Where we are
Where we are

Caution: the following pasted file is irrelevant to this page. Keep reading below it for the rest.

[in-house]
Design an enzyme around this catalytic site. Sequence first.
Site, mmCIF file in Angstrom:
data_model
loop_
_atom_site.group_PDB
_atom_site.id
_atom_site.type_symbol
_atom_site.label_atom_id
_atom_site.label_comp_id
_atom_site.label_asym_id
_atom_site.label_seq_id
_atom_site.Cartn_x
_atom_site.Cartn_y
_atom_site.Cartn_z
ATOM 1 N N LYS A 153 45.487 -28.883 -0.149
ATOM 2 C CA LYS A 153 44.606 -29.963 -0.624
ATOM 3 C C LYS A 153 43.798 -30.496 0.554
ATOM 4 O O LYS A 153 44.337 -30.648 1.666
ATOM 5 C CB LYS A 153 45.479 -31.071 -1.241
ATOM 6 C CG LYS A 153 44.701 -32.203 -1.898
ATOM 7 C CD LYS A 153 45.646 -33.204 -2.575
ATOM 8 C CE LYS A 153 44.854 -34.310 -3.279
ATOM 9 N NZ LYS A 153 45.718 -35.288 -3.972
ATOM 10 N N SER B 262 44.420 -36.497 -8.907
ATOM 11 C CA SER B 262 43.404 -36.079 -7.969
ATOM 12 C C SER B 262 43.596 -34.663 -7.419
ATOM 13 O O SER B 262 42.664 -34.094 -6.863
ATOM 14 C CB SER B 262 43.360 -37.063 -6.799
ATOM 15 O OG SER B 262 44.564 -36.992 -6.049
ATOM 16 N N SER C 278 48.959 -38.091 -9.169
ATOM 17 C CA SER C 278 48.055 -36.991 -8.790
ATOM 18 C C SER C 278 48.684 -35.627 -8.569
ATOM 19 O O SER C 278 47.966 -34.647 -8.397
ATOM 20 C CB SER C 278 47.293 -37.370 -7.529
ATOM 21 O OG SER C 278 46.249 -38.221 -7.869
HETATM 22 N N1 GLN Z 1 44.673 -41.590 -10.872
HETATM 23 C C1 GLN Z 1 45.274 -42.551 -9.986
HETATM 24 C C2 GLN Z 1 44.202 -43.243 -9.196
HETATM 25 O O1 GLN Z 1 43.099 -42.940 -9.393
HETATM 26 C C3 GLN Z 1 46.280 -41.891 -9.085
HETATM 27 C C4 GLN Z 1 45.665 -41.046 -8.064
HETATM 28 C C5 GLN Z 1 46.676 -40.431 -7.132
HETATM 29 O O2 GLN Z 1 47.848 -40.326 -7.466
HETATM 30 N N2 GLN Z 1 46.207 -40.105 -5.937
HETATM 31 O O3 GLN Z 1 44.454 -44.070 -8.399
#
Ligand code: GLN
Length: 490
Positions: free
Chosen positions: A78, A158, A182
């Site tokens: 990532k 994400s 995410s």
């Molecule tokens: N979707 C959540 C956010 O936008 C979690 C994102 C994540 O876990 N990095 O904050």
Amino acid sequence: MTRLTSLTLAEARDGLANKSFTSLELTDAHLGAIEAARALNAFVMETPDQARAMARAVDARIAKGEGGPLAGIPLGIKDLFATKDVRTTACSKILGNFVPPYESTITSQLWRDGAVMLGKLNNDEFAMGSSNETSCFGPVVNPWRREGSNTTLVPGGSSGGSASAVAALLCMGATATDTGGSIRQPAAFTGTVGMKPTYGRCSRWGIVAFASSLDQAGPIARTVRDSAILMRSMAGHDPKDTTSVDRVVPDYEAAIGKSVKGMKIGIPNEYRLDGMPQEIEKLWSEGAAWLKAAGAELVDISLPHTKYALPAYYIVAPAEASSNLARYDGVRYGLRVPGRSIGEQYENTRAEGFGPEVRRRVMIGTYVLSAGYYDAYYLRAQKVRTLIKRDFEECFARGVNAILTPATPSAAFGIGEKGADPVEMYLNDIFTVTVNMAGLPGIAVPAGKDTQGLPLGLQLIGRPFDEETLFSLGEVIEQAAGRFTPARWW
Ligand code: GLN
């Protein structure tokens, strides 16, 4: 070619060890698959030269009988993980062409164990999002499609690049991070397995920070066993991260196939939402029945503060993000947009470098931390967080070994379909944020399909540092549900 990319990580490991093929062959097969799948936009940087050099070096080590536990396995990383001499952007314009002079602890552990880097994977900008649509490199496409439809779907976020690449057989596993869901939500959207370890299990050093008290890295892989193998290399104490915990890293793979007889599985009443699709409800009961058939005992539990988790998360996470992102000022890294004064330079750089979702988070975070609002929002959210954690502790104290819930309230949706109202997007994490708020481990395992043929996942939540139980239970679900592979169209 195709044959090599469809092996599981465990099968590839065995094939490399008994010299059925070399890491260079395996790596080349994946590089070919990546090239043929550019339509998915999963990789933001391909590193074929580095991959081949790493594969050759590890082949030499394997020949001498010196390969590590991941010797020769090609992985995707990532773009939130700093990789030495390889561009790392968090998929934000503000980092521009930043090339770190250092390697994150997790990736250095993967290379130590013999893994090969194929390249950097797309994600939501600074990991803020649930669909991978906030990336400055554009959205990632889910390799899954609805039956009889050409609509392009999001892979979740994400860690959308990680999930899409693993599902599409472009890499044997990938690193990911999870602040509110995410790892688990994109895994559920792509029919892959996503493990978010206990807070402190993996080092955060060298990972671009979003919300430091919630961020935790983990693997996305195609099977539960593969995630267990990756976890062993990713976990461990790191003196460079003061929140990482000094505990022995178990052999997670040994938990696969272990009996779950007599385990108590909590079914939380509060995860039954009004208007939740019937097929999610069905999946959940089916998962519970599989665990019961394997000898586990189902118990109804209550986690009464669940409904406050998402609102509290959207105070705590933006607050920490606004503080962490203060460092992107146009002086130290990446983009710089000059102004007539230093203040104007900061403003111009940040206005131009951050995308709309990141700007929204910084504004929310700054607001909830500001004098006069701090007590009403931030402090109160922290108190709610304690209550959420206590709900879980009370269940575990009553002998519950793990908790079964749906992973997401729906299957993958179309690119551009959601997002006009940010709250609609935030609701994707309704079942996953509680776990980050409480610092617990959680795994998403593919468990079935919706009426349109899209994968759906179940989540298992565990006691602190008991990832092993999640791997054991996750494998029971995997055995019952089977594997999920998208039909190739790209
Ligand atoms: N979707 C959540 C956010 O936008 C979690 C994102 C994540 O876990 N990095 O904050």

I began this book by saying that it would be an inquiry into the role of fiction in our lives and in particular into two things we care about a great deal and expend a lot of energy on: imagining and knowing. Fiction, I have argued, has a happier, deeper, and more stable relation to imagination than it does to knowledge. Understanding the concept of fiction (a very stable concept I have argued) depends on appreciating what it is to communicate something with the intention that it be imagined: armed with that and a general sense of the overarching purpose the maker of a text has and the ways that avowedly fictional material can be seen to serve some more important non-fictional purpose (and vice versa) we can often come to reasoned judgements that this work is fiction and that one non-fiction: judgments that don’t deviate much from the judgements of common readers, librarians, and booksellers. Later chapters in ...
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